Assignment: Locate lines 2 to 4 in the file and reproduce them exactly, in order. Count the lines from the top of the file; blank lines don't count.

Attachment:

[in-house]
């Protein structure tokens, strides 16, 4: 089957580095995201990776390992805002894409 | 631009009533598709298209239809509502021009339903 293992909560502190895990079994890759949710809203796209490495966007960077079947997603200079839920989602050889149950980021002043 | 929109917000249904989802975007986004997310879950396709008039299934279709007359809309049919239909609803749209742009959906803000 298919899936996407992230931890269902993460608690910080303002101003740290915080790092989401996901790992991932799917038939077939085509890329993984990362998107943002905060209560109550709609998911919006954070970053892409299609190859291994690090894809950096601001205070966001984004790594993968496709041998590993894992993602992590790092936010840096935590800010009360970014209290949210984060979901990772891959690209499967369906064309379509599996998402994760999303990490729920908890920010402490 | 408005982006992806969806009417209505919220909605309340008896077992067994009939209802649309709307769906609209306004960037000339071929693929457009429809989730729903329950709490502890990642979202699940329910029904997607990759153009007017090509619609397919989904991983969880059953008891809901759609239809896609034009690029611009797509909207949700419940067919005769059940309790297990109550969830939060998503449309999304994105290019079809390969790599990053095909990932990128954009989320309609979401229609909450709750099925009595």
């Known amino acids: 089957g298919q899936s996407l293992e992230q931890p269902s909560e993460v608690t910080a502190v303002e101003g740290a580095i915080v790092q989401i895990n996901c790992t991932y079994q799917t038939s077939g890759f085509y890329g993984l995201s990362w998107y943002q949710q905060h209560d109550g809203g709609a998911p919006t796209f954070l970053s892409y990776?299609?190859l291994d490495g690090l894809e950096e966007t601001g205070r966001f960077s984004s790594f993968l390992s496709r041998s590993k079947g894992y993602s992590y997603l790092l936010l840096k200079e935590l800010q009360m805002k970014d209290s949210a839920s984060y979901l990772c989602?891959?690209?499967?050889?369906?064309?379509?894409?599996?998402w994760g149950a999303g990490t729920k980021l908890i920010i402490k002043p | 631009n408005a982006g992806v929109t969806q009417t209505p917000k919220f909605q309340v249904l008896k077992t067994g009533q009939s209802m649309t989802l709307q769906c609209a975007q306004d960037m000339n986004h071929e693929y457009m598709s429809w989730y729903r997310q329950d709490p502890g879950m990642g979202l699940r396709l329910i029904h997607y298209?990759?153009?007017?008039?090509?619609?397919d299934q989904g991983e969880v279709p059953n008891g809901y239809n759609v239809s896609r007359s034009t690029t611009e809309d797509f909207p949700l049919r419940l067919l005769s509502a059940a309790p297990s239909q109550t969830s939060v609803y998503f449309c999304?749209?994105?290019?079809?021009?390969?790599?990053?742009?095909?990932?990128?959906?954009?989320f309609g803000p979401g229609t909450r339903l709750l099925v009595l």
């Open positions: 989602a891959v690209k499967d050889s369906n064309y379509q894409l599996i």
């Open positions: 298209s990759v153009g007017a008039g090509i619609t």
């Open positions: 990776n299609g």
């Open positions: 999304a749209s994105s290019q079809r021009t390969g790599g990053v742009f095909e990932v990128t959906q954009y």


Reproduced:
């Protein structure tokens, strides 16, 4: 089957580095995201990776390992805002894409 | 631009009533598709298209239809509502021009339903 293992909560502190895990079994890759949710809203796209490495966007960077079947997603200079839920989602050889149950980021002043 | 929109917000249904989802975007986004997310879950396709008039299934279709007359809309049919239909609803749209742009959906803000 298919899936996407992230931890269902993460608690910080303002101003740290915080790092989401996901790992991932799917038939077939085509890329993984990362998107943002905060209560109550709609998911919006954070970053892409299609190859291994690090894809950096601001205070966001984004790594993968496709041998590993894992993602992590790092936010840096935590800010009360970014209290949210984060979901990772891959690209499967369906064309379509599996998402994760999303990490729920908890920010402490 | 408005982006992806969806009417209505919220909605309340008896077992067994009939209802649309709307769906609209306004960037000339071929693929457009429809989730729903329950709490502890990642979202699940329910029904997607990759153009007017090509619609397919989904991983969880059953008891809901759609239809896609034009690029611009797509909207949700419940067919005769059940309790297990109550969830939060998503449309999304994105290019079809390969790599990053095909990932990128954009989320309609979401229609909450709750099925009595």
């Known amino acids: 089957g298919q899936s996407l293992e992230q931890p269902s909560e993460v608690t910080a502190v303002e101003g740290a580095i915080v790092q989401i895990n996901c790992t991932y079994q799917t038939s077939g890759f085509y890329g993984l995201s990362w998107y943002q949710q905060h209560d109550g809203g709609a998911p919006t796209f954070l970053s892409y990776?299609?190859l291994d490495g690090l894809e950096e966007t601001g205070r966001f960077s984004s790594f993968l390992s496709r041998s590993k079947g894992y993602s992590y997603l790092l936010l840096k200079e935590l800010q009360m805002k970014d209290s949210a839920s984060y979901l990772c989602?891959?690209?499967?050889?369906?064309?379509?894409?599996?998402w994760g149950a999303g990490t729920k980021l908890i920010i402490k002043p | 631009n408005a982006g992806v929109t969806q009417t209505p917000k919220f909605q309340v249904l008896k077992t067994g009533q009939s209802m649309t989802l709307q769906c609209a975007q306004d960037m000339n986004h071929e693929y457009m598709s429809w989730y729903r997310q329950d709490p502890g879950m990642g979202l699940r396709l329910i029904h997607y298209?990759?153009?007017?008039?090509?619609?397919d299934q989904g991983e969880v279709p059953n008891g809901y239809n759609v239809s896609r007359s034009t690029t611009e809309d797509f909207p949700l049919r419940l067919l005769s509502a059940a309790p297990s239909q109550t969830s939060v609803y998503f449309c999304?749209?994105?290019?079809?021009?390969?790599?990053?742009?095909?990932?990128?959906?954009?989320f309609g803000p979401g229609t909450r339903l709750l099925v009595l």
């Open positions: 989602a891959v690209k499967d050889s369906n064309y379509q894409l599996i």